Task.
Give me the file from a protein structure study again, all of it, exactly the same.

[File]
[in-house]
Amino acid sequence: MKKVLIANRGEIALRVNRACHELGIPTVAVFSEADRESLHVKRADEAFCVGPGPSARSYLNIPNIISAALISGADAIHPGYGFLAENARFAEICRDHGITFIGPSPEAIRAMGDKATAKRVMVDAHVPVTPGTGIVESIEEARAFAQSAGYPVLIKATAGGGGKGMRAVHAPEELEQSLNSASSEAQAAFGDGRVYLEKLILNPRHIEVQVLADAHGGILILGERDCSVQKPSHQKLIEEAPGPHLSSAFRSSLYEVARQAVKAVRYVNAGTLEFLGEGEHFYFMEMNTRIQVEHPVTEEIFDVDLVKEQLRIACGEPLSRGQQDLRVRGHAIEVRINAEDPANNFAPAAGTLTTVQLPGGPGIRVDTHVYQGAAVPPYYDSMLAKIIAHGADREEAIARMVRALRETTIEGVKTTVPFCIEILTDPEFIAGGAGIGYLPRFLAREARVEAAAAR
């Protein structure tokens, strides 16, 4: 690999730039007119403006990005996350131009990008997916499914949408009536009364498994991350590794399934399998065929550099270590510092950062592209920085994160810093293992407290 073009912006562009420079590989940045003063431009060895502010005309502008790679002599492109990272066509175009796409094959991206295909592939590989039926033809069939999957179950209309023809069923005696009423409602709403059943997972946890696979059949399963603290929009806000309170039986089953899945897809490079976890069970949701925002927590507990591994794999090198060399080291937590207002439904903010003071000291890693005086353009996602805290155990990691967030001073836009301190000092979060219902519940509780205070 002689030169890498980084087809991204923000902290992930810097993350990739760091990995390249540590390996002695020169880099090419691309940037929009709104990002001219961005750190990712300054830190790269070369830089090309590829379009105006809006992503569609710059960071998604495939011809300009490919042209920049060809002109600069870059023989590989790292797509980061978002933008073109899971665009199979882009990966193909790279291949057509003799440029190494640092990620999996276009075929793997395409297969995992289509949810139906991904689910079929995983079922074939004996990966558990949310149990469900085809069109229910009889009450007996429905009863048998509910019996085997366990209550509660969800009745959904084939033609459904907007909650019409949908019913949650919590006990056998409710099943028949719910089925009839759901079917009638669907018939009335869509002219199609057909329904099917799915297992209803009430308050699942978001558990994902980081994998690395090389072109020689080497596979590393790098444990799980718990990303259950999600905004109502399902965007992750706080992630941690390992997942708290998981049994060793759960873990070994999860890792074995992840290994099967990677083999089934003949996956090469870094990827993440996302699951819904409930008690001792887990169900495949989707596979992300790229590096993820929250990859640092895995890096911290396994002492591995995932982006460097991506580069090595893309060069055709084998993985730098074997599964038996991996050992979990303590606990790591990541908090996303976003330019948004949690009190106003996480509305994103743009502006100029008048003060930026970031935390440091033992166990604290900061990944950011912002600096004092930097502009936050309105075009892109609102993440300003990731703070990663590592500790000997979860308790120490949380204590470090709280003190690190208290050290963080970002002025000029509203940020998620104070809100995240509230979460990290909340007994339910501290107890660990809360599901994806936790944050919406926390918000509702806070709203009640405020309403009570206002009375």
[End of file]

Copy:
[in-house]
Amino acid sequence: MKKVLIANRGEIALRVNRACHELGIPTVAVFSEADRESLHVKRADEAFCVGPGPSARSYLNIPNIISAALISGADAIHPGYGFLAENARFAEICRDHGITFIGPSPEAIRAMGDKATAKRVMVDAHVPVTPGTGIVESIEEARAFAQSAGYPVLIKATAGGGGKGMRAVHAPEELEQSLNSASSEAQAAFGDGRVYLEKLILNPRHIEVQVLADAHGGILILGERDCSVQKPSHQKLIEEAPGPHLSSAFRSSLYEVARQAVKAVRYVNAGTLEFLGEGEHFYFMEMNTRIQVEHPVTEEIFDVDLVKEQLRIACGEPLSRGQQDLRVRGHAIEVRINAEDPANNFAPAAGTLTTVQLPGGPGIRVDTHVYQGAAVPPYYDSMLAKIIAHGADREEAIARMVRALRETTIEGVKTTVPFCIEILTDPEFIAGGAGIGYLPRFLAREARVEAAAAR
């Protein structure tokens, strides 16, 4: 690999730039007119403006990005996350131009990008997916499914949408009536009364498994991350590794399934399998065929550099270590510092950062592209920085994160810093293992407290 073009912006562009420079590989940045003063431009060895502010005309502008790679002599492109990272066509175009796409094959991206295909592939590989039926033809069939999957179950209309023809069923005696009423409602709403059943997972946890696979059949399963603290929009806000309170039986089953899945897809490079976890069970949701925002927590507990591994794999090198060399080291937590207002439904903010003071000291890693005086353009996602805290155990990691967030001073836009301190000092979060219902519940509780205070 002689030169890498980084087809991204923000902290992930810097993350990739760091990995390249540590390996002695020169880099090419691309940037929009709104990002001219961005750190990712300054830190790269070369830089090309590829379009105006809006992503569609710059960071998604495939011809300009490919042209920049060809002109600069870059023989590989790292797509980061978002933008073109899971665009199979882009990966193909790279291949057509003799440029190494640092990620999996276009075929793997395409297969995992289509949810139906991904689910079929995983079922074939004996990966558990949310149990469900085809069109229910009889009450007996429905009863048998509910019996085997366990209550509660969800009745959904084939033609459904907007909650019409949908019913949650919590006990056998409710099943028949719910089925009839759901079917009638669907018939009335869509002219199609057909329904099917799915297992209803009430308050699942978001558990994902980081994998690395090389072109020689080497596979590393790098444990799980718990990303259950999600905004109502399902965007992750706080992630941690390992997942708290998981049994060793759960873990070994999860890792074995992840290994099967990677083999089934003949996956090469870094990827993440996302699951819904409930008690001792887990169900495949989707596979992300790229590096993820929250990859640092895995890096911290396994002492591995995932982006460097991506580069090595893309060069055709084998993985730098074997599964038996991996050992979990303590606990790591990541908090996303976003330019948004949690009190106003996480509305994103743009502006100029008048003060930026970031935390440091033992166990604290900061990944950011912002600096004092930097502009936050309105075009892109609102993440300003990731703070990663590592500790000997979860308790120490949380204590470090709280003190690190208290050290963080970002002025000029509203940020998620104070809100995240509230979460990290909340007994339910501290107890660990809360599901994806936790944050919406926390918000509702806070709203009640405020309403009570206002009375």